Why I Stunk at A/B Testing

By Phil Sharp | May 6, 2014
Why I Stunk at A/B Testing


I used to think it was just me, and it was really embarrassing.

As a marketer, I was supposed to be great at this. I was supposed to be able to run an A/B test, kick my feet up, and marvel at the success of the B-version.

Yet, it rarely worked out that way. No matter how confident I was in my newest test, it would only outperform the A-version of the site about 10% of the time. I was tragically worse than a coin flip.

When I finally started to reach out to friends for help, I realized that it wasn’t just me. Most of the people I talked to (and the blogs I read) made me realize that us marketers only create winning B-versions about 10-15% of the time.


Why aren't our A/B tests moving the needle?

We’re a really smart group with knowledge of our companies, marketing strategy, psychology, and conversion rate optimization.

Why can’t we consistently produce new versions of our sites that really move the needle? And, how do we get better?

In an attempt to answer these questions, I went on the hunt for companies that had cracked the code. I knew that most people wouldn’t be willing to share their secrets, but I was hopeful that a few would. So I started to Google like a mad man, and read every A/B testing case study that I could get my hands on.

At first glance, most of the case studies I came across mentioned things like:

  • Make your landing page longer
  • Include pictures of faces
  • Change the button to green
  • Add a pricing chart
  • Add a video

But, these solutions weren’t satisfying. I had tried a lot of these things before (and knew a lot of other people that had) and never received the same exciting results. So, I dug deeper, and I started to notice a trend that was….counterintuitive.

The secret to running an A/B test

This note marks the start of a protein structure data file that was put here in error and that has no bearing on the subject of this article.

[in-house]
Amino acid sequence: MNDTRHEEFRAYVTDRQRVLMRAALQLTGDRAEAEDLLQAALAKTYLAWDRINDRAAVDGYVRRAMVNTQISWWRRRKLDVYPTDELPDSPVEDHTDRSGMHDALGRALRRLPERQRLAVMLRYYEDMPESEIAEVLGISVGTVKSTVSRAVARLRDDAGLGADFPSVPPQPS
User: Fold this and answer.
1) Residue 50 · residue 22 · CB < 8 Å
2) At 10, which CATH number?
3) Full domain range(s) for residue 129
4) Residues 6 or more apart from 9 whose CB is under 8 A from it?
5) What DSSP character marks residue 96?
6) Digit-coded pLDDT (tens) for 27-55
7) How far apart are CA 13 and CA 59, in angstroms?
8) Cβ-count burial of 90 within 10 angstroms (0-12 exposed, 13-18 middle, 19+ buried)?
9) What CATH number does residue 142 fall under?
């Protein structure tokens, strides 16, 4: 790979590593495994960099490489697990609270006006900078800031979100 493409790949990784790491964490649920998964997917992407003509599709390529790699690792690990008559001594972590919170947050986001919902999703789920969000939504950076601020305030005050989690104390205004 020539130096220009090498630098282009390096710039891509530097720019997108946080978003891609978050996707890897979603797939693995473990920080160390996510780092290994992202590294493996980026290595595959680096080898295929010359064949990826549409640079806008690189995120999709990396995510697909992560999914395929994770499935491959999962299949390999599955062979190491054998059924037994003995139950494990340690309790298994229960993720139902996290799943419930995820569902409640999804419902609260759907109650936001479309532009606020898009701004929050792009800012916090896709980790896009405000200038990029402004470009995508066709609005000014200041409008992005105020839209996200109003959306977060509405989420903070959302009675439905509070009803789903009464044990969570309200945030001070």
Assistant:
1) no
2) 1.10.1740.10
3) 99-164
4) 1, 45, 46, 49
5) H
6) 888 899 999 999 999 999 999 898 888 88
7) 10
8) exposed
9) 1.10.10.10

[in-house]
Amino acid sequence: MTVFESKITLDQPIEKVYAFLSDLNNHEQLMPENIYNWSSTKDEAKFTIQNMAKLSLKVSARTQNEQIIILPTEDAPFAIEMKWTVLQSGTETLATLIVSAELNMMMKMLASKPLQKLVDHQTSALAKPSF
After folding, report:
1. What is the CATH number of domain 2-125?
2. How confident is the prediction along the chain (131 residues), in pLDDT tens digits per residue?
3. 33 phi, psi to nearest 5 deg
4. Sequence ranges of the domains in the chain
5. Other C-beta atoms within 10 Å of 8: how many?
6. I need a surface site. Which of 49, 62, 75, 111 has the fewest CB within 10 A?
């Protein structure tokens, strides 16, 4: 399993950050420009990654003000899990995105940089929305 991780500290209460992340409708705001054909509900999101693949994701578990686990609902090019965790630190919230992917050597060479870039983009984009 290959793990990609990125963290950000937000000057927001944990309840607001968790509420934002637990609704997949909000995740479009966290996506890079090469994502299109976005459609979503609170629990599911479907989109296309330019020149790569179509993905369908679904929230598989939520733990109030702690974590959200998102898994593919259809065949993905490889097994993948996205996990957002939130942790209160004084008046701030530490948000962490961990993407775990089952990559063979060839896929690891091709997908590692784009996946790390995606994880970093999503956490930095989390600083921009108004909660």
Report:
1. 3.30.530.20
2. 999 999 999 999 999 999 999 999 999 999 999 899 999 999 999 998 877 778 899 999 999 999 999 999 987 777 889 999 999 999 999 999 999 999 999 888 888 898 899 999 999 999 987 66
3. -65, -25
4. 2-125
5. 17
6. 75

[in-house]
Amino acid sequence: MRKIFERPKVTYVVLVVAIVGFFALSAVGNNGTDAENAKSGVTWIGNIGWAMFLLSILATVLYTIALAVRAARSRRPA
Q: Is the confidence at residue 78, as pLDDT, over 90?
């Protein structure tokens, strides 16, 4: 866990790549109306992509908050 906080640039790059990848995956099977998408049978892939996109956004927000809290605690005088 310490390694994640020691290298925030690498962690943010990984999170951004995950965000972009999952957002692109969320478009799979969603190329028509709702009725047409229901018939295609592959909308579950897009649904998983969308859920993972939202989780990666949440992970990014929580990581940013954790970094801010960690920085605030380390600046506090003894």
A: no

I noticed that the specific changes companies were making to their sites weren’t important. It wasn’t important that the B-version was longer, or that it was a different color, or that it had a video. What mattered was how the companies arrived at those decisions. The secret to running a winning A/B test was all in the process. And, at the core of that process was a very simple idea: listen to your customers and prospects.

The companies that are the most successful at A/B tests start with these 4 actions:

  • Listen to customers
  • Listen to prospects (people who are deciding whether or not to purchase)
  • Listen to people that have decided NOT to become customers
  • Become your own customer

And then, they use the feedback from these actions to drive their A/B tests.

Why it works

This process works because, as marketers, it’s impossible for us to see our websites the same way our visitors do. We have the curse of knowledge. After looking at our sites each and every day, we can no longer see them with fresh eyes.

To create a B-version that moves the needle, we need to understand what’s going on inside the heads of our web visitors. Once we know what’s stopping them from converting, we’ll be able to fix it. Our B-version won’t be a guess, or a gut feel, or a copy of what someone else tried; it will be a response to feedback that we received from visitors, and it will be far more likely to succeed.

I don't stink anymore!

So, yes, I used to stink at A/B testing. But, now that I listen to customers and prospects before deciding what to test I've gotten a whole lot better. My B-version doesn't win all of the time (where's the fun in that?) but it's far more likely to succeed, and far more likely to make a big impact on the bottom line.

To learn more about how to decide what to test, check out our post about The Best A/B Test Idea You Haven't Thought Of.

Insights that drive innovation

Get our best human insight resources delivered right to your inbox every month. As a bonus, we'll send you our latest industry report: When business is human, insights drive innovation.

About the author(s)
Phil Sharp

Phil is the former VP of Marketing at UserTesting, where he directed the marketing strategy, communications, online campaigns, and web optimization.